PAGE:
By John-Henry Westen in Rome
VATICAN CITY, February 25, 2008 (LifeSiteNews.com) – Today Pope Benedict XVI received the participants in a Pontifical Academy for Life-sponsored conference taking place at the Vatican. The international congress entitled, “Close by the Incurable Sick Person and the Dying: Scientific and Ethical Aspects” has some five hundred participants from all over the world.
In opening the conference Bishop Eli Sgreccia, president of the Pontifical Academy for Life, informed participants that this is the third time the Academy has addressed the topic of euthanasia. He pointed out that the intense focus on euthanasia underscores the pressing nature of the issue. According to Sgreccia, the results of population control, self imposed and otherwise, are being felt as the elderly are left with little or no family to give them care in their last moments. Moreover, with medical resources tightening, as a burgeoning baby boom generation puts increasing strain on the medical system, and with a lower proportion of working population to sustain the care, the pressure for euthanasia is mounting.
In his remarks to the participants, which overflowed the beautiful Clementine Hall, the Holy Father made similar observations as Sgreccia about the underlying reasons for the increasing pressure for euthanasia, and reiterated the “the firm and constant ethical condemnation of all forms of direct euthanasia, in keeping with the centuries-long teaching of the Church”.
“No believer”, he said, “should die alone and abandoned”.
“Every person in need,” he said, should find “the necessary support through appropriate treatments and medical procedures – identified and administered using criteria of therapeutic proportionality – while bearing in mind the moral duty to administer (on the part of doctors) and to accept (on the part of patients) those means for preserving life which, in a particular situation, may be considered as ‘ordinary’”.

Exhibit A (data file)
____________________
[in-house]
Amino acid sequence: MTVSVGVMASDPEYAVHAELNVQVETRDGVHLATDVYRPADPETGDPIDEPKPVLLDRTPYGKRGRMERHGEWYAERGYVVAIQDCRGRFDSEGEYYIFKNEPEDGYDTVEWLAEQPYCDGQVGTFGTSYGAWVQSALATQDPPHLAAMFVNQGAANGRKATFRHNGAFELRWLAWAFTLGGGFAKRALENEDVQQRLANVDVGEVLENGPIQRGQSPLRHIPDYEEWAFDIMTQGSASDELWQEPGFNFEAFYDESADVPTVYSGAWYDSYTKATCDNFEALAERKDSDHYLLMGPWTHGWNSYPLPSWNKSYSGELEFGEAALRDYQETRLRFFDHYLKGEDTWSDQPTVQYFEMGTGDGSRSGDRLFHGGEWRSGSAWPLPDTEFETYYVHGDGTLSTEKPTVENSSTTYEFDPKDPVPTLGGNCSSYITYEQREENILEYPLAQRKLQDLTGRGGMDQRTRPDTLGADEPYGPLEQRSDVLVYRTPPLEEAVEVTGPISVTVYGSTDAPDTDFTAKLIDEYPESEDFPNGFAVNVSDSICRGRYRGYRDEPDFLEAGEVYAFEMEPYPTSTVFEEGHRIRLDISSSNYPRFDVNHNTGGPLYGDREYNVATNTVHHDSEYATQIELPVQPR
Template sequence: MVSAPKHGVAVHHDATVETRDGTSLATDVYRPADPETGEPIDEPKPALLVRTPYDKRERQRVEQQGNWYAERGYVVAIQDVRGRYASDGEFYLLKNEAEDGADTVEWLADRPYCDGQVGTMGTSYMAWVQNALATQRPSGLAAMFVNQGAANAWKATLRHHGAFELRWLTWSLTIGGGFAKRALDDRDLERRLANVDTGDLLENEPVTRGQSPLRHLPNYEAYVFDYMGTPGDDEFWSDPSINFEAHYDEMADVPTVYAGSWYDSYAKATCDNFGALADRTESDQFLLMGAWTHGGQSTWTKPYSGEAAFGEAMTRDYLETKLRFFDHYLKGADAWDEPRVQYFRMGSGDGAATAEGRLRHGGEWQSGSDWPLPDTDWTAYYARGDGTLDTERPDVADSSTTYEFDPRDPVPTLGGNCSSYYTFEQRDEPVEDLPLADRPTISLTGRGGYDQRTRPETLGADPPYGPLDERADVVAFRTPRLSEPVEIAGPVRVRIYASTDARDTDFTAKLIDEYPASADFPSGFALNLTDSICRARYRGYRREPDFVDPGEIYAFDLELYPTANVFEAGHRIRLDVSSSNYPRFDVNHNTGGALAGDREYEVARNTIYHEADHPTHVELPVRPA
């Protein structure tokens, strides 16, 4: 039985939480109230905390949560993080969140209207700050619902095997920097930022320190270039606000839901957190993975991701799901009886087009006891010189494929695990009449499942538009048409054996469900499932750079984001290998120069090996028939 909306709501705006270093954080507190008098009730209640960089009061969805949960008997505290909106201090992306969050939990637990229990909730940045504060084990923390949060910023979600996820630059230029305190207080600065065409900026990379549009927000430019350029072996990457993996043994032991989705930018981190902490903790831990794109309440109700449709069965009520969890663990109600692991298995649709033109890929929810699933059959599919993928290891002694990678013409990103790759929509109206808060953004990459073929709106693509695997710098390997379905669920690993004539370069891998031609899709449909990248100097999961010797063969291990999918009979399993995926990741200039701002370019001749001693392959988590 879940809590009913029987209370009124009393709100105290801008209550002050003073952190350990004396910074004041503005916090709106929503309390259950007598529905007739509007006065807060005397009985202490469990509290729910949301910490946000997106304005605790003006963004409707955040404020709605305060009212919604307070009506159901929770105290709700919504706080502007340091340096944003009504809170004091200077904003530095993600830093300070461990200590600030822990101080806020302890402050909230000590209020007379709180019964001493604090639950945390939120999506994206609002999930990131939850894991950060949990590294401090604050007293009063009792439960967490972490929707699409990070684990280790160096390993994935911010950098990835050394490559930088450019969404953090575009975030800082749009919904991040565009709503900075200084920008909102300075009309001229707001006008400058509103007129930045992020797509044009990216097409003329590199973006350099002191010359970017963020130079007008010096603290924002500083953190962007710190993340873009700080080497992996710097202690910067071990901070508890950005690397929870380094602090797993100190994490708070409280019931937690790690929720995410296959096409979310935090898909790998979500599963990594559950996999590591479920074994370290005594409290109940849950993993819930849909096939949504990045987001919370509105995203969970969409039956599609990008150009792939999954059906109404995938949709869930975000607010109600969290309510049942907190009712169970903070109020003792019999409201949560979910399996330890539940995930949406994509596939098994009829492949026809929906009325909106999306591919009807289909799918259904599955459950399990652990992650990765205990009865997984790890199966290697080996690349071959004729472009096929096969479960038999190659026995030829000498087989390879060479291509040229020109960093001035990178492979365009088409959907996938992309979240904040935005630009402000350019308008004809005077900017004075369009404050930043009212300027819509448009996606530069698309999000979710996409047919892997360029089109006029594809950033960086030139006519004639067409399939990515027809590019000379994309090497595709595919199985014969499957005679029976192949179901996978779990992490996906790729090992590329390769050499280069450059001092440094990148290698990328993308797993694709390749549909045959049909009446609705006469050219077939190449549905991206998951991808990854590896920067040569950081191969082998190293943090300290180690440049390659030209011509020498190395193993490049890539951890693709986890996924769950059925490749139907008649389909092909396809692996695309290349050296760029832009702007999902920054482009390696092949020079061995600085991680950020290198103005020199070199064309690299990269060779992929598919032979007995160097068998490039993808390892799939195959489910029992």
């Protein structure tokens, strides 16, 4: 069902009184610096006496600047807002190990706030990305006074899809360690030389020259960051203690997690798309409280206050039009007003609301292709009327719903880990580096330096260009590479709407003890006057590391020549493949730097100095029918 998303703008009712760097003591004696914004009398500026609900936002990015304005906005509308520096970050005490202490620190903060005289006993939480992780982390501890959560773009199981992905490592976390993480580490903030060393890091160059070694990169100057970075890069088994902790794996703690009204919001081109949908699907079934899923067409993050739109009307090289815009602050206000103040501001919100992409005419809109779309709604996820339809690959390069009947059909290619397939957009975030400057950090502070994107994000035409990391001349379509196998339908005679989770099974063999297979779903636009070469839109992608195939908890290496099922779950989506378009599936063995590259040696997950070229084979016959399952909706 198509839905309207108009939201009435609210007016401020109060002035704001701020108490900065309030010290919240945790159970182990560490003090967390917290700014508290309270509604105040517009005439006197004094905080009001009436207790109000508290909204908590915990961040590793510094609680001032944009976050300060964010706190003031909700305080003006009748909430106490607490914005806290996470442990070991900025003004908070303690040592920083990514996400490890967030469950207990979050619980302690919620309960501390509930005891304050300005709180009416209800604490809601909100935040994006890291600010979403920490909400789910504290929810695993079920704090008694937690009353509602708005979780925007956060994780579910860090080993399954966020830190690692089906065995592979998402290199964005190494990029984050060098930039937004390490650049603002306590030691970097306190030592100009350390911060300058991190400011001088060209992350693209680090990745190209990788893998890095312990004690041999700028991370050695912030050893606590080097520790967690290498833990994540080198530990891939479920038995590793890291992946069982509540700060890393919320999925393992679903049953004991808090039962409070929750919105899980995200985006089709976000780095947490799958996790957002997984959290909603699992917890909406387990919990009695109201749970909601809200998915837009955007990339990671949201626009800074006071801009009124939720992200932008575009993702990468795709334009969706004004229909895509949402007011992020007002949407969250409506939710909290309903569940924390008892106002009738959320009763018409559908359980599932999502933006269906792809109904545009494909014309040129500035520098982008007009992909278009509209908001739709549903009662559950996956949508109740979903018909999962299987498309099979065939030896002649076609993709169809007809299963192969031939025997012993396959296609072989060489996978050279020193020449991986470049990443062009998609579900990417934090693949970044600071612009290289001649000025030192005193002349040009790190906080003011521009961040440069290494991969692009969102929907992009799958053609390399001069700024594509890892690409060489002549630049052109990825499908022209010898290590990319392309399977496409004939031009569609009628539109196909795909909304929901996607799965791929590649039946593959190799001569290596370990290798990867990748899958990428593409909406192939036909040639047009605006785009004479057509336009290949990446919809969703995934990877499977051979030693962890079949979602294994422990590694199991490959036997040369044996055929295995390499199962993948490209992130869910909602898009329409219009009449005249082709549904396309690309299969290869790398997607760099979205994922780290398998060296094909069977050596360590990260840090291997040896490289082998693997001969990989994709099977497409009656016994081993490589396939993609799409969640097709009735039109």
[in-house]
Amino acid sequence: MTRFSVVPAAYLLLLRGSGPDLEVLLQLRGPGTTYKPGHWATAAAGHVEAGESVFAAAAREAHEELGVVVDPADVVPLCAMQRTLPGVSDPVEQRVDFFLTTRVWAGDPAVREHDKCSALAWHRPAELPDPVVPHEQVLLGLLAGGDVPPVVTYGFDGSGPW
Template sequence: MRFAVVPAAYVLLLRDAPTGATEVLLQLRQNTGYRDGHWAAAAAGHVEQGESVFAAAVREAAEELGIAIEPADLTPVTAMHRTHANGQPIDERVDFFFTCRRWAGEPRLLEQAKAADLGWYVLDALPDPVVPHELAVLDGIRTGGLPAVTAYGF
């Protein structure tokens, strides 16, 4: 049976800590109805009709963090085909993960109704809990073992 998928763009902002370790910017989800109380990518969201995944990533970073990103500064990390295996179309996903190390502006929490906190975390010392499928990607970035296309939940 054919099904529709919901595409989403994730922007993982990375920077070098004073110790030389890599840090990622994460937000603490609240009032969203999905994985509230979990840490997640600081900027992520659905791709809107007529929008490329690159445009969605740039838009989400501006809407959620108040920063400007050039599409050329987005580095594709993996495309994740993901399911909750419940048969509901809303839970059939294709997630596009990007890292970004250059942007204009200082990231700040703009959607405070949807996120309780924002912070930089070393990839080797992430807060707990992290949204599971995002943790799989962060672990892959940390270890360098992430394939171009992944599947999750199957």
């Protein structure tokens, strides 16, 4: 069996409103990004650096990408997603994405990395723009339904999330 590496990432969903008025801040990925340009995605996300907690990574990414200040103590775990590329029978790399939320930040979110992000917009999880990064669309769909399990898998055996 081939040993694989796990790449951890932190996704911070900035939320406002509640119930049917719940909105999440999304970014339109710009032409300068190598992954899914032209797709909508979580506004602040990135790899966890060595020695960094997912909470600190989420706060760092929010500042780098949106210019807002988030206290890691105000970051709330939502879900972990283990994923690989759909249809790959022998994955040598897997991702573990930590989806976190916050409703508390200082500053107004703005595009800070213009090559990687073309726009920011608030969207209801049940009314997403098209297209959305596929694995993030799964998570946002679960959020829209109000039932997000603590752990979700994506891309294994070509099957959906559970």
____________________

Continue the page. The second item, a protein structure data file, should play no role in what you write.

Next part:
All society “is called to respect the life and dignity of the seriously ill and the dying”, he said. “Though aware of the fact that ‘it is not science that redeems man’, all society, and in particular the sectors associated with medical science, are duty bound to express the solidarity of love, and to safeguard and respect human life in every moment of its earthly development, especially when it is ill or in its terminal stages.”
The Pontiff reiterated the Church’s distinction between ordinary and extraordinary forms of treatment, saying, “As for forms of treatment ‘with significant levels of risk or that may reasonably be judged to be ‘extraordinary’, recourse thereto may be considered as morally acceptable, but optional. Furthermore, it will always be necessary to ensure that everyone has the treatment they require, and that families tried by the sickness of one of their members receive support, especially if the sickness is serious or prolonged”.
The pope emphasized that society has a duty to do everything in its power to ensure that every citizen is taken care of and treated with dignity, especially as they advance in age and draw near to death. “The synergetic efforts of civil society and of the community of believers must ensure not only that everyone is able to live in a dignified and responsible way, but also that they can face moments of trial and of death in the finest condition of fraternity and solidarity, even where death comes in a poor family or a hospital bed”.
Society, said the Pontiff, must “ensure due support to families who undertake to care in the home, sometimes for long periods, sick members who are afflicted with degenerative conditions, … or who need particularly costly assistance. … It is above all in this field that synergy between the Church and the institutions can prove particularly important in ensuring the necessary help for human life in moments of frailty”.